[From: Bruce Nevin (Fri 930430 13:05:44)]

[Dan Miller (930430.1120)]

An understanding of history is, in fact, a perception of history.
I use Herbert Blumer's words to remind myself of this. He is one of
my favorite dead sociologists. He had his flaws (big disputes with
Clark McPhail), but his idea of history was right on. He said that
the past is significant only to the extent that it is brought into the
present situation. We are not determined by history. It is a perception
(or more likely a set of them) that we may use as reference signals in
the upper levels of the hierarchy. Also, we may not use it.

The past is brought into the present in ways that do not seem to
be recognized in this discussion. Social arrangements are
historically contingent, and that is independent of our knowledge
of their history. The point is related to the distinction
between control and awareness. Most of the perceptions that we
control are perceptions of which we have no conscious awareness,
although we can choose to attend to them (which in many cases
requires special training and practice).

I will use language as an example of conventional social
arrangements, since that is my special interest and expertise.
The fact that we English-speakers use the particular
event-sequence of configuration perceptions "horse" in
association with our perceptions of a certain kind of quadruped
is a direct historical consequence of the fact that people a
thousand or two years ago in Europe said something like "hros" or
"kors" for ancestors of those animals, probably meaning at some
early stage something like "runner" (hence Latinate "cursive",
"courser", etc.). The changes in word shape over the centuries
to contemporary English were contingent upon changing social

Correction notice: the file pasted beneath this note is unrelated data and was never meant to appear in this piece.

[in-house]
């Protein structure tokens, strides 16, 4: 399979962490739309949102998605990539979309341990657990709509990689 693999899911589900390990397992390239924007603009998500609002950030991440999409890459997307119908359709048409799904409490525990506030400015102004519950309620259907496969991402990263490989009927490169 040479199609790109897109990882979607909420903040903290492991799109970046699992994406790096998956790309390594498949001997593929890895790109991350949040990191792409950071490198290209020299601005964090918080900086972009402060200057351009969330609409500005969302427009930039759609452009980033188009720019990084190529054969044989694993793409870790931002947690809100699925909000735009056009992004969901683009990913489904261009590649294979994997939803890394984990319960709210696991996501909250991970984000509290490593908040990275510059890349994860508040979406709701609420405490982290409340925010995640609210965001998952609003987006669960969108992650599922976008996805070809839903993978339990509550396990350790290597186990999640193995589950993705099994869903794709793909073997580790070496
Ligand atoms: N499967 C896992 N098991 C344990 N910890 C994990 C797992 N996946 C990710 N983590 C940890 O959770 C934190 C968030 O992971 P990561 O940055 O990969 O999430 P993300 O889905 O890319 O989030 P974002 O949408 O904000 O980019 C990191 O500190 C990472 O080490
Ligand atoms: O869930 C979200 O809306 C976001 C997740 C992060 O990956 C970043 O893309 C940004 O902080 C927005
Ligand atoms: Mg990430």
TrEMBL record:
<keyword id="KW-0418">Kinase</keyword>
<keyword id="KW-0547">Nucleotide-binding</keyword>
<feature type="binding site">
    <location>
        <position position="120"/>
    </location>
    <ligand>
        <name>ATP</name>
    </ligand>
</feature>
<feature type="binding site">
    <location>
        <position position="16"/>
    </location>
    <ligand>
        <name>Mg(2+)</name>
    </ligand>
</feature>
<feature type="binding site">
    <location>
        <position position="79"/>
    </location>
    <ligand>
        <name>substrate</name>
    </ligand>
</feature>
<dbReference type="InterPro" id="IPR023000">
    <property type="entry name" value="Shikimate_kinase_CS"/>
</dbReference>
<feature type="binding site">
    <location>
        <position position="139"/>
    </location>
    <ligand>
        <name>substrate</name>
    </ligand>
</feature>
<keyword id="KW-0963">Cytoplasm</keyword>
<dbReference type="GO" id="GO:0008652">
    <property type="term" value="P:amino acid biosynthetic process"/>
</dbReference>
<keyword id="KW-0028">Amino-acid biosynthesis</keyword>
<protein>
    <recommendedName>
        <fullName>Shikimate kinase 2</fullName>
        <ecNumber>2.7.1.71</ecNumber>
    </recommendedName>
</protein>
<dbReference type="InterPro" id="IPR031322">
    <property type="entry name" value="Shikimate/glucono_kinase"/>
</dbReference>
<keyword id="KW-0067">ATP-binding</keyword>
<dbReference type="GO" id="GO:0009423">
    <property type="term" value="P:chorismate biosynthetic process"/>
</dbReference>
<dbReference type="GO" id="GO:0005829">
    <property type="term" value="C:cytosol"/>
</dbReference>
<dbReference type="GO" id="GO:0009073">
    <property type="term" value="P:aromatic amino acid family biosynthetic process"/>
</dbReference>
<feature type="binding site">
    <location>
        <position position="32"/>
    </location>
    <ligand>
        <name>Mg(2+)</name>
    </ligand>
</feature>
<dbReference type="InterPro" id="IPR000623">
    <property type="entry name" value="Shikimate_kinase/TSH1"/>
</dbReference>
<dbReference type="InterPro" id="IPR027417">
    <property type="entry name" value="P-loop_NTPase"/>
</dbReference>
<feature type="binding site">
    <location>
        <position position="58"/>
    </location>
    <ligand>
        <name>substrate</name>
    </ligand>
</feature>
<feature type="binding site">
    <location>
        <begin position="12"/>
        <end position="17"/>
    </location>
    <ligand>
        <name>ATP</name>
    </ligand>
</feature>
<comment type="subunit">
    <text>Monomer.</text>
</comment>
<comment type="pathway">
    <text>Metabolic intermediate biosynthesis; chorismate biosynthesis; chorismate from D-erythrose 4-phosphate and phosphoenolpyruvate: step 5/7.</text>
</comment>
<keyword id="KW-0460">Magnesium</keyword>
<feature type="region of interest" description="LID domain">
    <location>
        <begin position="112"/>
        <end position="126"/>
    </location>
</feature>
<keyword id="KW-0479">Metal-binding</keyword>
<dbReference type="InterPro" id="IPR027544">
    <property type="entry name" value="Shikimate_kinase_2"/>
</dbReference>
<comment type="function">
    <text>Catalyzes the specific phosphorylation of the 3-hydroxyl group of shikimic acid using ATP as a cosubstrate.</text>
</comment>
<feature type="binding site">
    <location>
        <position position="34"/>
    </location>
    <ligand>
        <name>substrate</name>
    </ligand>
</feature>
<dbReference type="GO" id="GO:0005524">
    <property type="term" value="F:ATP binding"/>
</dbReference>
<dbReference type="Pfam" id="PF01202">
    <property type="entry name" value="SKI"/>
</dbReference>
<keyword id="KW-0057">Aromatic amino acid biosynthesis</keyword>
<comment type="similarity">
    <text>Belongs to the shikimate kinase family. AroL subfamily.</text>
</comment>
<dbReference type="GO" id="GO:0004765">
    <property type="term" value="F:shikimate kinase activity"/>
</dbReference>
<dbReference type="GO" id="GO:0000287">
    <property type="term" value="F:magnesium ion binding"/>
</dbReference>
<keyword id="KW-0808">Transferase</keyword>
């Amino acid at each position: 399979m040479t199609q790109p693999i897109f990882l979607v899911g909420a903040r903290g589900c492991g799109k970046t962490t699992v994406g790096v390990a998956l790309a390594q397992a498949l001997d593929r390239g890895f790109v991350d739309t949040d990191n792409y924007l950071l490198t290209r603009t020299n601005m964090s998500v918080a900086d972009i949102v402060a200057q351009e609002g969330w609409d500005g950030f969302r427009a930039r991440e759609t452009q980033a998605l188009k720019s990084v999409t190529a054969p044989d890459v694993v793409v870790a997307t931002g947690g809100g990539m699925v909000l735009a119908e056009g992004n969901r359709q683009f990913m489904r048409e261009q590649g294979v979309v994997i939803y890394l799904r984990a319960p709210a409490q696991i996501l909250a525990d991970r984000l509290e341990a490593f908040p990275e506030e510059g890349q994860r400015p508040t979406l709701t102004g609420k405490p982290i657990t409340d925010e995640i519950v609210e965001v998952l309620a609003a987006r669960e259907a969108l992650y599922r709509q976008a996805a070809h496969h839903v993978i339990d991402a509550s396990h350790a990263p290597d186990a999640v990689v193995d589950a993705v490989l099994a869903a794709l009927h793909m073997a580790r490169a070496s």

relations--who do you talk with, what kind of person do you want
to appear like to them when you talk (out of the current and
changing inventory of socially-defined people-categories), were
your people just conquered by some folks from over the water, who
owns the horses and where do they come from, and so on. All
told, "horse" hasn't changed much in English. Some relatives
down south toward the Mediterranian preferred a different word
that became over time Latin caballus. What with those Roman
Legionnaires being such winning folks, lots of good Germanic/
Celtic speaking people took to talking the Roman way instead
(French cheval, Spanish caballo), but even after the Norman
French overran them the English speakers stuck with "horse".
They took up cavalry and cavalier, and they swapped for all kinds
of food words (pork vs. pig, beef vs. cow, etc.). Maybe if the
French had eaten horseflesh as well as frogs legs it would be
cheval on the table and horse on the hoof, who knows. Enough
plow horses in the hands of peasants, is my guess.

So today in English you can crack jokes about having a colt or
being a little hoarse, jokes that just don't make it with German
pferd (boy, they really galloped off in the faterland, didn't
they!) or French or Spanish. The jury is still out whether such
differences in word-category perception affect perception or
perceptual control. English speakers see a blue-green color
boundary in a physically unlikely place, and see the physically
much more plausible perceptual categorization of blue vs. green
by speakers of a language native to Mexico as unnatural. That's
just the way the world is, dammit--blue and green and black and
white, just so. You can't tell me that's relative, or
historically contingent, or some other liberal horse--oops,
pardon the unchivalrous language.

Can't argue with a fish about water. He'll be the expert because
he's swimming in it after all. ("Swimming in -- Are you trying
to fan off that clam spit about space being some kind of
substance again? It's just space, ain't that obvious?")

People make themselves moslems, or serbs, or WASPs (the ones who
don't label themselves except as "just people"), or whatever for
the sake of social cooperation. Being a "person like me" makes
you more predictable, there's less negotiation of basics before
we can get on with whatever we are really interested in. Helps
to explain the tenacity with which people hold to these people
categories. How else can they be a guarantee of reliability if
they aren't reliable?

The same self-categorization and advertising of category (by
dress, mannerisms, speech, etc.) that enables easier cooperation
can also be exploited in less pleasant ways. I perceive that
there are not enough resources to go around I might want "my kind
of people" to get more at the expense of "others."

To say that in PCT heaven there will be no rigidly held reference
perceptions and all will consequently be well I think overlooks
this matter of social cooperation.

Gotta run,

        Bruce Nevin